Grasping the nettle - March 20th 1998, Planning Magazine
Government actions speak louder than words in the land for housing debate, says Peter Cresswell
There are some envious eyes being cast around in the green belt at the moment. Green belt is no longer sacrosanct, it would seem, as harassed shire county planners investigate other ways of meeting their allocated housing targets.
But, at the same time, the Government - avowedly greener than it's predecessor - does appear to be promising that more development will go on brownfield sites. Environment secretary John Prescott has even stated that he is considering a greenfield development tax. (Planning, 13 March, p3). This would certainly help to even up the imbalance created by higher infrastructure costs and taxes on conversion and redevelopment in existing urban areas.
By no means the only factors involved, these have nonetheless tended to promote dispersal over the years. The question is whether the Government has the will to face down the anguish it will generate from the developer groups, since balancing the equation will increase their costs and decrease their profits. There already seems to be a vast discrepancy between stated intent and final action - witness the government's decision to allow substantial intrusion into limited greenbelt land around Stevenage. This is not the first time the Hertfordshire new town has faced plans for major development - most of it, as now, to the west of the town.
But the provision of 10,000 new dwellings, for perhaps 30,000 people, is not intended primarily for the existing residents of Stevenage. It is the county council's way of trying to meet its allocated target. It means putting a large part of the total in one place, so as to conserve threatened areas elsewhere.
Past experience has shown that this will not work. Other areas go on growing alongside planned developments - like new and expanded towns - because the pressure from outside it there, the dice are financially loaded in favour of opening up the countryside, and because the planning systems operates a general presumption in favour of development.
The nettle has to be grasped. The overall planning framework has to be tackled, otherwise planned developments in particular places will go on adding to the problem. In lowland England - especially along the belt from London to Birmingham and west along the M4 - there is little left of what could be described as countryside - or at least in the term as it was understood 50 or 60 years ago.
There is too much urban intrusion in addition to the advances which towns have made into the surrounding areas; roads, out of town shopping centres, factories, pylons and radio masts, defence establishments, airfields, power stations, reservoirs and leisure parks. These all create visual pollution. Lowland England has no truly tranquil areas left.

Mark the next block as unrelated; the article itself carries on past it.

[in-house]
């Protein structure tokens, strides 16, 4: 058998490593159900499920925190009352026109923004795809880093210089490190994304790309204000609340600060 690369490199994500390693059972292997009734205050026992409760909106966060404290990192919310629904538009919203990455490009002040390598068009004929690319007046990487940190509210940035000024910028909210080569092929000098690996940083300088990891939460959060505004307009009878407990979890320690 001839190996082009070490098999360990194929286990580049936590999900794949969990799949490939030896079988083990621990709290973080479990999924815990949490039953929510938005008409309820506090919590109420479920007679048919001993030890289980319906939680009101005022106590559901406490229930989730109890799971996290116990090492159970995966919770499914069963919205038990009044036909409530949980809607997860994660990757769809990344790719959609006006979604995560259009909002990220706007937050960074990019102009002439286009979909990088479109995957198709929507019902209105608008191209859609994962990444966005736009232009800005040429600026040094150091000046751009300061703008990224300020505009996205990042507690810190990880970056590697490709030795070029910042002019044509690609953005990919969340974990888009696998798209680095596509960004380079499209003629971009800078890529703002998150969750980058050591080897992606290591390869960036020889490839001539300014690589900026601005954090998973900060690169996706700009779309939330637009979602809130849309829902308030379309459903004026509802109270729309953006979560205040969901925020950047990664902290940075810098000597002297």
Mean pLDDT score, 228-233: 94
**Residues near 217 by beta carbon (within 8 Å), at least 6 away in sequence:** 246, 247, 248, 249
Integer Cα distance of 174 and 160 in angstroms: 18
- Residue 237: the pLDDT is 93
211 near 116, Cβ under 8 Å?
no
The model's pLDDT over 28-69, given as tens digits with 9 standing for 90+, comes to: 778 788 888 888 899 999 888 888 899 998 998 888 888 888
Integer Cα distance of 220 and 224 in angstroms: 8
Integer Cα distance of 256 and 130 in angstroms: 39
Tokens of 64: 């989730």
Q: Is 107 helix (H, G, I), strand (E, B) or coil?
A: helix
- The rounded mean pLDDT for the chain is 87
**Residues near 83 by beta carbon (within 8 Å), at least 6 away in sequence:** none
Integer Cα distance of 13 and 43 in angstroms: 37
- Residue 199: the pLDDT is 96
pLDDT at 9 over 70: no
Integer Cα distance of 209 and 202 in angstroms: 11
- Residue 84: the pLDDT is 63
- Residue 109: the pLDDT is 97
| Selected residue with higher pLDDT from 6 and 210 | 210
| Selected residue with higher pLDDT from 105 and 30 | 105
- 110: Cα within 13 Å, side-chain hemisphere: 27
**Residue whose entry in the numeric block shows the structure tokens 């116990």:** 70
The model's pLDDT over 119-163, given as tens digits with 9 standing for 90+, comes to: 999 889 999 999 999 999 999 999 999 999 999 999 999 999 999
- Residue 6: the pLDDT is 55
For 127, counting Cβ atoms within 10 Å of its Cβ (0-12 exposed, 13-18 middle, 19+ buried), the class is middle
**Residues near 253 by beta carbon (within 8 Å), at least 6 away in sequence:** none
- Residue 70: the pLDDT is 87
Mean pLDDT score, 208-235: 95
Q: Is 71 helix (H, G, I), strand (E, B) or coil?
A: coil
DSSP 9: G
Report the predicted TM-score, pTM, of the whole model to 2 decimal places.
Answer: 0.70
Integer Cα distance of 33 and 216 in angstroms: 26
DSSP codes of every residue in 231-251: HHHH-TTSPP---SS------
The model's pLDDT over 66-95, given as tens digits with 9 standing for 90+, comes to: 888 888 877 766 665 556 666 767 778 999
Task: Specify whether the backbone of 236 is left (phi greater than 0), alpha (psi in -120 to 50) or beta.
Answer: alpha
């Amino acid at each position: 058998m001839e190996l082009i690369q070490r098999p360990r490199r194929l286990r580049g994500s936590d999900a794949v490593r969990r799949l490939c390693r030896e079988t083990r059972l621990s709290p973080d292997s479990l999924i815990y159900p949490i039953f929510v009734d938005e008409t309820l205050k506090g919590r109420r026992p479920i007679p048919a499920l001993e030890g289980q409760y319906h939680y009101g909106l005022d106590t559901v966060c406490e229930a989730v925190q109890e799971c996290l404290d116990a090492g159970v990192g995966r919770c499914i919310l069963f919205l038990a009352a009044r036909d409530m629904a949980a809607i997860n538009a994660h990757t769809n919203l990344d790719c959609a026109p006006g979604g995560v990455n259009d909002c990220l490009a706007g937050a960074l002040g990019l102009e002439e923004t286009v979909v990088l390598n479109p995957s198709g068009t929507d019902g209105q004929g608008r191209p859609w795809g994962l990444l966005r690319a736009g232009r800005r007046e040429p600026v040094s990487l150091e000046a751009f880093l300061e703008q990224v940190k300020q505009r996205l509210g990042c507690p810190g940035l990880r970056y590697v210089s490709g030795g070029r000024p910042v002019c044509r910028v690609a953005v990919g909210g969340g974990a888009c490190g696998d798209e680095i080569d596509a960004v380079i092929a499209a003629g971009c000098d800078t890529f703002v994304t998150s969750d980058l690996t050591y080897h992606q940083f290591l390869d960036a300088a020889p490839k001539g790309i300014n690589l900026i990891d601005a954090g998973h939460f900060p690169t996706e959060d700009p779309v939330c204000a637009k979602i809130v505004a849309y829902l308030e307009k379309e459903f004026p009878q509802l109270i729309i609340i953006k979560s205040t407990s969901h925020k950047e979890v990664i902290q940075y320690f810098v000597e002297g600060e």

A few remote areas represent the last fragments in an urbanised land. It is worth conserving what is left; but to do so will require radical action from this supposedly 'green Government', and stretch far beyond the somewhat pious hopes that development will be directed largely to brownfield sites. In the first place, there should be a general presumption against development outside all urban areas. Combined with this, we will need a series of measures to discourage under-occupancy of housing. There already seems to be a vast discrepancy between stated intent and final action -witness the decision to allow substantial intrusion into the green belt around Stevenage.
The Government must also, as promised, even up the costs for greenfield and brownfield development. And finally, it must do what planning minister Richard Caborn says he will do, namely, move away from the 'predict and provide' philosophy for house building and end the system under which the Governments housing targets are imposed on local councils. This would transform the planning system.
It could actually mark the beginning of a 'new age' - with an end to all the self-fulfilling national and regional population projections and a starting point for local authorities to adopt policies, which realistically meet their own needs. It would also mean that counties like Hertfordshire would no longer have to root around for somewhere to put a huge total of projected household increases, which appear to have been imposed in order to meet an objective of encouraging and accommodating migratory growth.
It would seem that Stevenage would not have to have the growth it is reluctant to take and, indeed, hits pressured semi-rural hinterland cannot sustain. Yet the government has just given it the go ahead. The Government's actions - in doing the wrong thing, or doing nothing at all - speak louder than words. The will to change the planning system for the better and save what little is left of the quality of the rural environment does not seem to be there yet. Back to press index